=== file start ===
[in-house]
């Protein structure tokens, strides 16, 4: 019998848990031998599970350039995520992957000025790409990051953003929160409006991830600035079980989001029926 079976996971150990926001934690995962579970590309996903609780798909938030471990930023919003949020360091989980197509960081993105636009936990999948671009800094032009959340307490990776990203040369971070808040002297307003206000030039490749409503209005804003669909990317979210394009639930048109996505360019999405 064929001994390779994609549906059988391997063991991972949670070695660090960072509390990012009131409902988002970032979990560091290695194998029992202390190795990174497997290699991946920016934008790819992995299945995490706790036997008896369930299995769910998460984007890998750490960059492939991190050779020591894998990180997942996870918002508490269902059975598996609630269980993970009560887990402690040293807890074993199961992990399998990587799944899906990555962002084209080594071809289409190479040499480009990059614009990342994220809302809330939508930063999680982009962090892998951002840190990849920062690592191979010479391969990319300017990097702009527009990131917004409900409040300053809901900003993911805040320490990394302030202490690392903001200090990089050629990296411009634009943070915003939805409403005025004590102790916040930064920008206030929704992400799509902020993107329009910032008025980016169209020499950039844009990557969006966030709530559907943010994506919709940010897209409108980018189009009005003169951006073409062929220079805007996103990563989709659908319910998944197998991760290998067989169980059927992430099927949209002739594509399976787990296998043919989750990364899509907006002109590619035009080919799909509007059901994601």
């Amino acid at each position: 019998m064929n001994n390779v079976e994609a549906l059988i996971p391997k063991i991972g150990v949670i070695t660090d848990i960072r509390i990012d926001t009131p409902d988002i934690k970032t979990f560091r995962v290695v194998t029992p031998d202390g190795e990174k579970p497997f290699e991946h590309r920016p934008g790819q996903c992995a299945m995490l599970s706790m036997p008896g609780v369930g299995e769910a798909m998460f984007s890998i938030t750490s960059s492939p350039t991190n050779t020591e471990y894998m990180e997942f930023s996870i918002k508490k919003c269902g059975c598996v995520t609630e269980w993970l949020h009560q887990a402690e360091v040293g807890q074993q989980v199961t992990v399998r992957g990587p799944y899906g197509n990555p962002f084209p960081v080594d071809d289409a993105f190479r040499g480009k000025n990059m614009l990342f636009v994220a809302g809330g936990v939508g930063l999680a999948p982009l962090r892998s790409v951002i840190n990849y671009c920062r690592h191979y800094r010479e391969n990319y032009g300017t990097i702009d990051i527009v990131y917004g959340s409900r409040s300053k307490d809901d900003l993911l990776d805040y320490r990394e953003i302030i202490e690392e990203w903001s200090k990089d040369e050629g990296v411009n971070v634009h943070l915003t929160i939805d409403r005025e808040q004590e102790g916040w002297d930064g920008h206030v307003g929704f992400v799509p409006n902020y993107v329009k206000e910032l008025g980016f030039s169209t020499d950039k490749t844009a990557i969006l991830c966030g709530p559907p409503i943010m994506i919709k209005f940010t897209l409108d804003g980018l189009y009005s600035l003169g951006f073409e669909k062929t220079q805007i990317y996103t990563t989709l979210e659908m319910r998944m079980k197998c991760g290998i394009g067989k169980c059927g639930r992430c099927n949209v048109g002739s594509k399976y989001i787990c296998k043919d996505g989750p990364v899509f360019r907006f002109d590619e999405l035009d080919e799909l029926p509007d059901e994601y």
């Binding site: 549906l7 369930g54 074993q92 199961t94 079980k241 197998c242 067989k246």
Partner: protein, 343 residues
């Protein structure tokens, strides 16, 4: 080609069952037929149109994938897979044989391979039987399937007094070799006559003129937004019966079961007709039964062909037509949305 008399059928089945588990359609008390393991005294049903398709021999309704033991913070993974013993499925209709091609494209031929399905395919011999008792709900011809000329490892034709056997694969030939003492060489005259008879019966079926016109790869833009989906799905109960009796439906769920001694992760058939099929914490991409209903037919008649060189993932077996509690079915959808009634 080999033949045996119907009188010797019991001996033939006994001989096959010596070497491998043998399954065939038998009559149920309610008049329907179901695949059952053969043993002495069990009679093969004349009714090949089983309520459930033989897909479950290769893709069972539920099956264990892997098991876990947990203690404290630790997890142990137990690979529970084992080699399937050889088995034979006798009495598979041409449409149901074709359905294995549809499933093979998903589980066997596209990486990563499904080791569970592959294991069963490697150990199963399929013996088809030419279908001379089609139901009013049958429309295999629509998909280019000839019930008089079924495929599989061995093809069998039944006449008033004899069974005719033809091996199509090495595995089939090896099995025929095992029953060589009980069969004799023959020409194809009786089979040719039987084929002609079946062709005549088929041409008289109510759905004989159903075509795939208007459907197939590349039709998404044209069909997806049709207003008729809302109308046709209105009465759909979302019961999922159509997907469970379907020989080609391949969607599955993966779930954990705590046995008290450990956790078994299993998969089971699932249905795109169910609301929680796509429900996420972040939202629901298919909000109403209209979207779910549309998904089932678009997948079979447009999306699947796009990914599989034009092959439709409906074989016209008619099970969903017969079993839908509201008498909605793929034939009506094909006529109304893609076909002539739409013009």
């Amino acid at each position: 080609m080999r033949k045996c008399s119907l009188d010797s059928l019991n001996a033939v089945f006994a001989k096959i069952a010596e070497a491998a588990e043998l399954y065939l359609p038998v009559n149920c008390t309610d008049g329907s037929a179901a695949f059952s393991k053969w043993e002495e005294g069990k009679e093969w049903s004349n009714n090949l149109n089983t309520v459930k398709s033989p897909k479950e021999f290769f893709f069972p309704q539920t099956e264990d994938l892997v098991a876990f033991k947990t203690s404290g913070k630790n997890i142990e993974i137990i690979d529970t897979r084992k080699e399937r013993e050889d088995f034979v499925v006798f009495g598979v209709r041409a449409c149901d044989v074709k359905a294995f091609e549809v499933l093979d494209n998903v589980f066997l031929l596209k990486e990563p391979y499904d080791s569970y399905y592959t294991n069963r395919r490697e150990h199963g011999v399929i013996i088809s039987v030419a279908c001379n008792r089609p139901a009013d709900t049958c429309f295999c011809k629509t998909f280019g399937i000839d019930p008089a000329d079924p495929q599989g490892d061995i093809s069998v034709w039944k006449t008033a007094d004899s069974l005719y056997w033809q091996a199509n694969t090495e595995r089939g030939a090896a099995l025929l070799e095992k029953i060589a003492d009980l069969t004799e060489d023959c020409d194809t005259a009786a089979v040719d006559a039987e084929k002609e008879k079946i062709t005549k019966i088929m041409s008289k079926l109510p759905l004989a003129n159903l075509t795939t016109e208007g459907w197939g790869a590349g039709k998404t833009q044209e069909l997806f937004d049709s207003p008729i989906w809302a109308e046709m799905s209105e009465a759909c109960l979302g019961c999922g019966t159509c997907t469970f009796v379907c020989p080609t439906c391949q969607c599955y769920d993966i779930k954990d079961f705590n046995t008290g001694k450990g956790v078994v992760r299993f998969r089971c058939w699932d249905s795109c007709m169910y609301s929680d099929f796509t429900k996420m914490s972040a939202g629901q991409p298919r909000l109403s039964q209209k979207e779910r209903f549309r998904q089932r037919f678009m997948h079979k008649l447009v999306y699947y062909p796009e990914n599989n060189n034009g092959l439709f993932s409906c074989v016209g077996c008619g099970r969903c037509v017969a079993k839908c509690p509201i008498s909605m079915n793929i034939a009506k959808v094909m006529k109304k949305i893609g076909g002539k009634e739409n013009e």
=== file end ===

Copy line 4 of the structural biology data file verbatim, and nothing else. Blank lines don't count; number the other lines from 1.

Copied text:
């Binding site: 549906l7 369930g54 074993q92 199961t94 079980k241 197998c242 067989k246």